How can we combat these so-called standards? How can we promote them through theatre and still sell tickets? I believe expanding the representation of more people and promoting the ideas of the body positive movement throughout our daily lives could get us one step closer. We could connect performances to people’s humanity and lives rather than emphasize their physical appearance. Where do we start though? I spoke with Jaden Richards, a representative from Blink Fitness and an active member, via e-mail. Blink Fitness recently launched a national campaign entitled “Every Body Happy” in which Jaden was a finalist. The campaign focuses on real people, who are real members of their gyms and not hired models. Jaden claims:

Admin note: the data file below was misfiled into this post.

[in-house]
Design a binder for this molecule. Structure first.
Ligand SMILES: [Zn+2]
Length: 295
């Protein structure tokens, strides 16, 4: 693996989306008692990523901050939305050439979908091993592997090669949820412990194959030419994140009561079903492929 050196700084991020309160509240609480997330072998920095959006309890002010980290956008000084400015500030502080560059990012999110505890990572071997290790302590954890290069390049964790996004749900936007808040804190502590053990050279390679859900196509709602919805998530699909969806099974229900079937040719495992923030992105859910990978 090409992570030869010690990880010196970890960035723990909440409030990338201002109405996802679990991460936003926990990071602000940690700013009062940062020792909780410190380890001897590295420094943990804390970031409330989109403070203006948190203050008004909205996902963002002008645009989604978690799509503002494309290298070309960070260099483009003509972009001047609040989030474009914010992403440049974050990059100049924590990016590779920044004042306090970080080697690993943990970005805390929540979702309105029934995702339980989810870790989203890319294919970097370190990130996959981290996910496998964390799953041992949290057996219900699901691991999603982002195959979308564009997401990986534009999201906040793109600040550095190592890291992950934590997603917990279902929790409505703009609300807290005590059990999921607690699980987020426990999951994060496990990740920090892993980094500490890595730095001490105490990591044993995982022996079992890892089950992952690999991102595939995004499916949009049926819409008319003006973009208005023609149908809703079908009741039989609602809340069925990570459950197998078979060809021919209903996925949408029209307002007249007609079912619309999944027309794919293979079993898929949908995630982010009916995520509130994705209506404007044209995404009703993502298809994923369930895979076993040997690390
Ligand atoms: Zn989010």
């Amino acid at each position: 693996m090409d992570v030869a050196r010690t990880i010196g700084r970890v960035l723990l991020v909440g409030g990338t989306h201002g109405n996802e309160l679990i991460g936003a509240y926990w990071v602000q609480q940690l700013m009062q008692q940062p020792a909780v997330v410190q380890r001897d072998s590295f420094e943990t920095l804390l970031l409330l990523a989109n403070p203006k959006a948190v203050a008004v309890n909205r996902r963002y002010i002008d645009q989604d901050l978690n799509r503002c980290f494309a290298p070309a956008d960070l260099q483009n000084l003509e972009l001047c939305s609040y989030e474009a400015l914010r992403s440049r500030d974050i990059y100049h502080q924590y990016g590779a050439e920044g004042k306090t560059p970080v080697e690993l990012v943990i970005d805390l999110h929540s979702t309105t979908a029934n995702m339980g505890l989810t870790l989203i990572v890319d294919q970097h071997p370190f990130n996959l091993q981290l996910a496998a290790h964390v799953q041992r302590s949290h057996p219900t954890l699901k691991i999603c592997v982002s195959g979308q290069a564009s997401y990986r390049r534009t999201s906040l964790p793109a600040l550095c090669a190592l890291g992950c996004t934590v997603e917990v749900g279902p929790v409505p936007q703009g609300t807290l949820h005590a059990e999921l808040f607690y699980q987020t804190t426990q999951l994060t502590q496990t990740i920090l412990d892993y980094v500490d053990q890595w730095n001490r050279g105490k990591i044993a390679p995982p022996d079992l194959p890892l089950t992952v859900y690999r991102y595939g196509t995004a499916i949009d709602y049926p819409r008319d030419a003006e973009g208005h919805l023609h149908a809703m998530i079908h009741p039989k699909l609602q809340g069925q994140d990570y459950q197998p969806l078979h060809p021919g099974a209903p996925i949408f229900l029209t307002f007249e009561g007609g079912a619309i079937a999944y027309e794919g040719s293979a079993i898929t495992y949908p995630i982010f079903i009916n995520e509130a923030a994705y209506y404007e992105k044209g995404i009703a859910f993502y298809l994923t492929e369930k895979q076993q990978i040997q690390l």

Seeing so many different body types in the Blink Fitness ads is wonderful, and I am not just saying that because I am in it. I believe if people were to see more ads like that it would make them feel more comfortable and accepting of being where there are at and encourage them to take steps for themselves to be healthier mentally and spiritually, and not just physically. People of different shapes and sizes can still be healthy. They may not fit the mold that many of these ads and the media perceive and promote. Because of that our social standard is very oriented to defined and bulging muscle, thigh gaps, no imperfections like stretch marks, all of which to the average person come across as normal when in reality it’s the opposite. If there is more visibility in the fact that people without these cookie cutter body types can be just as happy and healthy as those that fit the societal mold then I am more for that kind of visibility in ads and media.